Before you do this….
radiation-2
Radiation Treatment at Tripler Army Medical Center
Or this…
IMG_3226
Getting ready for Chemotherapy Infusion
Do This.
 1.  Buy this book….(I read it both times I was diagnosed with Stage 3 Ovarian Cancer)
Cancer: 50 essential things to do Cancer 50 Essential Things by Greg Anderson. Practical and important advice for the newly diagnosed and those recurring.
screen-shot-2016-10-06-at-6-50-01-pm
2.  Organize!
Get your major appointments, scans, chemotherapy treatments, radiation treatments, and tests written down in one location. You may need it in a year from now or two, or three, or 10! I like a three year calendar or even a five year calendar, because I plan to be around a long time!  Miles Kimball Three Year Calendar or go big and get a five year calendar!
This is only for big ticket items…not daily symptoms or questions. Dream big! You plan to be around for a long time!
screen-shot-2016-10-06-at-7-09-25-pm
3.  Start a bullet journal
-Keep in this your list of questions for upcoming doctors appointments (even when they pop into your head at 3 in the morning!) 
-Track side effects from chemo and medication
-Migraines? Track the onset symptoms and medications that work
-Find those motivational quotes that keep you going!
-Track exercise! (Yes, you still have to exercise.)
-Track medications!
img_1881
4. The American Red Cross gave me an accordion folder that I keep paper test results and informative literature and paper copies of articles on the forefront of cancer research. I used to print off articles and ask my doctor about them at appointments.
5.  EVERY time you see your doctor, ask for a copy of your lab results. Every single time!
6. Don’t be afraid to ask for a second opinion! Doctors expect it. This is your life!! Take ownership of your treatment. Shed that reticence to be “that” patient. Ask for information from your doctor on why he/she wants to do specific tests and what he/she hopes to learn. Your strength comes from your willingness to speak up!! This may be your only chance. This is not a polite dinner party, but it is your very existence!
7. Bring a friend or family member to your appointments with you. Your friend can take notes and ask clarifying questions. (Bring that low maintenance friend who is happy if you talk all the way to the appointment, or if you want to be silent the whole time.)
IMG_2381
Hanging with the kids at treatment

This month is Breast Cancer Awareness and last month was Ovarian Cancer Awareness!

Please share this valuable information with your friends and family. Someone might be waiting for this article right now!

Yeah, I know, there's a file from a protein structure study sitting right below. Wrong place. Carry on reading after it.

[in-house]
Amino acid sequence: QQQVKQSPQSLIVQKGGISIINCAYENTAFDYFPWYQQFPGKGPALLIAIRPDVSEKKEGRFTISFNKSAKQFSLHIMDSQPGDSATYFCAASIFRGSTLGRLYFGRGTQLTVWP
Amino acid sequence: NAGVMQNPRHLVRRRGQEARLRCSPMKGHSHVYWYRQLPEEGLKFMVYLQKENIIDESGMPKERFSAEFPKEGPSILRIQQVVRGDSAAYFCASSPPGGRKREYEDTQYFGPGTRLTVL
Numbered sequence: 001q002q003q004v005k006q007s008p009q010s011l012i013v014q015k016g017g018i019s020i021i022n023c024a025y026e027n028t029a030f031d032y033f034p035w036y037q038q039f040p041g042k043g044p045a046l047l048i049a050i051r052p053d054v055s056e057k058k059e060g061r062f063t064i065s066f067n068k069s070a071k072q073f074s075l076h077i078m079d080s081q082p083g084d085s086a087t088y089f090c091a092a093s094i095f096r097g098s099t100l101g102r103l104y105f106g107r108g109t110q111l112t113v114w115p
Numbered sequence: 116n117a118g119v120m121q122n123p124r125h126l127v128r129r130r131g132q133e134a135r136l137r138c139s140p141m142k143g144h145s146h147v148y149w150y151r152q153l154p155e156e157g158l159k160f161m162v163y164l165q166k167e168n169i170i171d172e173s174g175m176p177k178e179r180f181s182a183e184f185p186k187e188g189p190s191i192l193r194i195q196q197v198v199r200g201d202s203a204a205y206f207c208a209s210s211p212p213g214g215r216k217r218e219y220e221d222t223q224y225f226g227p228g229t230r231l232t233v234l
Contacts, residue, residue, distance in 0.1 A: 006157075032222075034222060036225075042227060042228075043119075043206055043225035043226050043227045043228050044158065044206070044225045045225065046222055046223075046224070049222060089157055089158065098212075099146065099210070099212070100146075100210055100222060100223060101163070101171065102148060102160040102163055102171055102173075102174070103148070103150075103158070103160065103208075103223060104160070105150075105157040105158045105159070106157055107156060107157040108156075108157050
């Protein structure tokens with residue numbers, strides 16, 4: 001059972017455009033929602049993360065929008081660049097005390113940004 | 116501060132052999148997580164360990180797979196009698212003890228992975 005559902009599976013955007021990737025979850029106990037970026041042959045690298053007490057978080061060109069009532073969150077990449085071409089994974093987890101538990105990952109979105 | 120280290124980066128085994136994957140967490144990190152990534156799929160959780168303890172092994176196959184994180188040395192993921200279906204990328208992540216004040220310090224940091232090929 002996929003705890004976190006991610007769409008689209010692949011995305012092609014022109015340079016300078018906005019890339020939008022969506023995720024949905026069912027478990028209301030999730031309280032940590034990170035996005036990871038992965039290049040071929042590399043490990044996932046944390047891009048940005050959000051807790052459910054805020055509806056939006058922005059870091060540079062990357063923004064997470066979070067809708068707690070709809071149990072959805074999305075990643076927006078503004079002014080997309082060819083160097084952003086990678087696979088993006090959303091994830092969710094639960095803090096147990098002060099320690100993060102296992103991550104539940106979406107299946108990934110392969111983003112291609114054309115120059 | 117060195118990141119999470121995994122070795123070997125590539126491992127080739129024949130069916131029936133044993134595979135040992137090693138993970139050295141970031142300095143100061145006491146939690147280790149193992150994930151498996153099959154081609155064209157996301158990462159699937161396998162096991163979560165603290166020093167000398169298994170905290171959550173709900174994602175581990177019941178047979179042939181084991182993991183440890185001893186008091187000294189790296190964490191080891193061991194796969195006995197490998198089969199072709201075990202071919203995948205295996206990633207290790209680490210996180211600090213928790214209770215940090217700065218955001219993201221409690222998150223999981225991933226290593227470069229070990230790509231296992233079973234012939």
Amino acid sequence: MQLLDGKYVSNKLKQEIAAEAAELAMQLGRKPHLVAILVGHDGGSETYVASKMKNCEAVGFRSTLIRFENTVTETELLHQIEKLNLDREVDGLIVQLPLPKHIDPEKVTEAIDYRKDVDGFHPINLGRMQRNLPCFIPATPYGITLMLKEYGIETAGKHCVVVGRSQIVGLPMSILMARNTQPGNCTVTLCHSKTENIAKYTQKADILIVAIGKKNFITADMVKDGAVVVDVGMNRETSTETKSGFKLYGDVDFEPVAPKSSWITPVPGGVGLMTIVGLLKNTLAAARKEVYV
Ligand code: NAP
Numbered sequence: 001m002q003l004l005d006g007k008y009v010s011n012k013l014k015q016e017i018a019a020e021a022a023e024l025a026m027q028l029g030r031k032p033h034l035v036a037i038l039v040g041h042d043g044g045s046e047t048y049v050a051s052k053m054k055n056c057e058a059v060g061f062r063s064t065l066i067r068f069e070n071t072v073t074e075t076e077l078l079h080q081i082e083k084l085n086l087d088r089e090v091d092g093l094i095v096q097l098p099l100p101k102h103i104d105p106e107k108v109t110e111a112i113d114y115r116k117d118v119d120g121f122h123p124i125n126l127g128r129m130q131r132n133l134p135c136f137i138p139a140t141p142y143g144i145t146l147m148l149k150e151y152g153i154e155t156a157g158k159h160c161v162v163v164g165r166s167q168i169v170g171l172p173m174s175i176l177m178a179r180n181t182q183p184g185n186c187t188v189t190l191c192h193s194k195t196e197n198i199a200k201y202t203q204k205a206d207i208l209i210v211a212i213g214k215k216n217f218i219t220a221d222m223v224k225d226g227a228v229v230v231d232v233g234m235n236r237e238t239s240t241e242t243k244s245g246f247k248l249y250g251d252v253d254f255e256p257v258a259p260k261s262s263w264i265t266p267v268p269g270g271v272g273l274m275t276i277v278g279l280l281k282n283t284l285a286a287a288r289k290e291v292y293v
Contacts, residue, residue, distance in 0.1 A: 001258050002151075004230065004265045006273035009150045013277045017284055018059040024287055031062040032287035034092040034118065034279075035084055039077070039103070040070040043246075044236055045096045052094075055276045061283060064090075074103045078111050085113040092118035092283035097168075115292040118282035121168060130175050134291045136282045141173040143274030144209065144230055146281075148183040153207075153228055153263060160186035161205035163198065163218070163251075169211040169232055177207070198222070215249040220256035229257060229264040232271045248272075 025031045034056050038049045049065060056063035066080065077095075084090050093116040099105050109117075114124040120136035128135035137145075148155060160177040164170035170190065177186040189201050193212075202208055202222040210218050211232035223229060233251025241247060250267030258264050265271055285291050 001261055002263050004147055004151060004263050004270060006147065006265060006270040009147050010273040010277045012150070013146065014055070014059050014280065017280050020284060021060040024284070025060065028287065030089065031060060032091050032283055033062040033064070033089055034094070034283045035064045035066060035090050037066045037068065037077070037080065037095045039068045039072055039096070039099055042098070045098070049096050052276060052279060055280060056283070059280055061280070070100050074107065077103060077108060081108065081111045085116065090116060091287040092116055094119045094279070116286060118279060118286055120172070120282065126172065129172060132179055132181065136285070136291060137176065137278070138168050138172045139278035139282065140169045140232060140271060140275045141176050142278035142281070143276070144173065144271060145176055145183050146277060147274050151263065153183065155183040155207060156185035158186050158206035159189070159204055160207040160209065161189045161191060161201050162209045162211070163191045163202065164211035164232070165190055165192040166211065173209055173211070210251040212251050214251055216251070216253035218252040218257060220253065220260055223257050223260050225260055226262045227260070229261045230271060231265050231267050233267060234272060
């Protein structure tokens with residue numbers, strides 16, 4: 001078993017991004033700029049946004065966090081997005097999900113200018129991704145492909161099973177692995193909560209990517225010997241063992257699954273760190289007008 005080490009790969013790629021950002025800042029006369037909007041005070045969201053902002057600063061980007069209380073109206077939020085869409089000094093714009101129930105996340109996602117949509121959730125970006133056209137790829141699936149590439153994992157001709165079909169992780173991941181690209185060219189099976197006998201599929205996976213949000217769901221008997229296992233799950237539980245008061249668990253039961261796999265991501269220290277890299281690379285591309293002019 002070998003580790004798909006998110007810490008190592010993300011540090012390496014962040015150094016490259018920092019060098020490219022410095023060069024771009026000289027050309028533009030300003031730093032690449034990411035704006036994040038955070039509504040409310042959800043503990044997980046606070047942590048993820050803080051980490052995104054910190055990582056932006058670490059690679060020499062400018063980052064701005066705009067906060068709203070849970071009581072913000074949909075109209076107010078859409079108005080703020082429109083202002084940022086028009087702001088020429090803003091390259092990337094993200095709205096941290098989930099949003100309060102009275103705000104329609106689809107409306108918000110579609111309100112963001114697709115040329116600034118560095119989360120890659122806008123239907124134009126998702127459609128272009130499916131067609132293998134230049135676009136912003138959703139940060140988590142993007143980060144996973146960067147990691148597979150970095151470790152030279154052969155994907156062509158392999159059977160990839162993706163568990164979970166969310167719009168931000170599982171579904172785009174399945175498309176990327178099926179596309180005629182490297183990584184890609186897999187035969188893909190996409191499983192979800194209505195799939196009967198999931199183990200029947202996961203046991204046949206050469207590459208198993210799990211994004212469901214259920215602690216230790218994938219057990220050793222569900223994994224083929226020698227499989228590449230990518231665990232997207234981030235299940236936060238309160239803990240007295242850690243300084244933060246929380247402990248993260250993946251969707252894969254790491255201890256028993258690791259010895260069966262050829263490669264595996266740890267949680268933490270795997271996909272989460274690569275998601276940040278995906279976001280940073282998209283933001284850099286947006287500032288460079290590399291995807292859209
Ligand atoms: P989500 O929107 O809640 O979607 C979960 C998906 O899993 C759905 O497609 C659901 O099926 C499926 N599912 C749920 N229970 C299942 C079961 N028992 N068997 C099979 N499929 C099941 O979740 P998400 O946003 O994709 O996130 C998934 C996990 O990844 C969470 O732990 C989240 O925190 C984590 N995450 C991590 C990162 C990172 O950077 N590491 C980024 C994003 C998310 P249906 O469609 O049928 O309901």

screen-shot-2016-10-05-at-6-59-48-pm
Now!! Spread the word!

Graduation 2016 “Sto1k6d”Mid-Pacific Institute

I was diagnosed August 6, 2012 with Stage 3C Ovarian Cancer and now almost 4 years later (3.789 years but who’s counting?)…I am watching my son graduate. Two surgeries, countless chemotherapy infusions (Carboplatin, taxol, Gemcitabine, and Avastin), and 25 radiation treatments, but our family finally made it. There are no words that can completely describe our joy…so I’ll do it with pictures.

Friday, May 27, 2016-Baccalaureate Service Central Union Church

13248357_10154020959156418_2657253532433214803_o
Baccalaureate at Central Union Church in Honolulu

May 28, 2016, the Big Day arrives-“light” showers and then sun on campus

IMG_0702
Mid-Pacific Institute Campus in Manoa Valley

In the words of AJR….”I’m Ready”

 

The stage is set….to hear “Benjamin Robert Roley”

 

 

 

 

 

Finally, the fun!

IMG_0780
Ben, Marvin, Kyler, and Christine
IMG_0778
Ben and Marvin…friends since 4th grade

and more friends…

IMG_0722
GK and Ben…friends since preschool!
IMG_0783
C. Roscoe has taught all three Roley kids!

And sister Rachel

IMG_0721
Rachel made the “Ben there done that” sign

Mom and dad…

IMG_0732
Ross and Kym and Ben

Traditional Lei giving Post Graduation….Grandparents…

IMG_0736
Grandma Joan
IMG_0738
Gpa Bob and Gma Shirley
IMG_0762
Good luck Ben!!

 

Mele Kalikimaka

Great news!! (definitely worth two exclamation points) Another clean PET scan! Diagnosed in 2012 Stage 3C…Three and a half years later…2 surgeries, countless chemotherapy infusions, 25 radiation treatments and a year of maintenance. Finals are graded and it’s time to enjoy the family and a much needed relaxation time.

Mele Kalikimaka to you and yours!

Stay tuned in 2016!

From this…

IMG_0079
PET scan at Tripler Army Medical Center

to this…

IMG_0083.JPG
Shopping at Pearlridge Center-Hawaii

 

What’s Up?

A few decades ago What’s Up? was one of my favorite songs and it accompanied me on many a walk?

….”trying to get up that great big hill of hope…for a destination

I am so close to my destination! Two more maintenance treatments of Avastin left! Trying to take a breath and reflect on it all. The ubiquitous “Journey” doesn’t quite do this process full justice. It’s been three years since I heard Dr. D introduce himself as the Cancer doctor…Three years since I met the amazing nurses Jackie and Cindy.

I’ve had two surgeries, 25 radiation treatments, and countless chemo treatments (Carbo, Taxol, Taxetere, Gemzar, and Avastin). Don’t forget the two Ovarian Oncologists, one rheumatologist, one neurologist, one Radiation Oncologist, and a sprinkle of radiation from MRI’s and PET scans.  Three years since family and friends rallied around me with support in all forms to beat this nasty disease.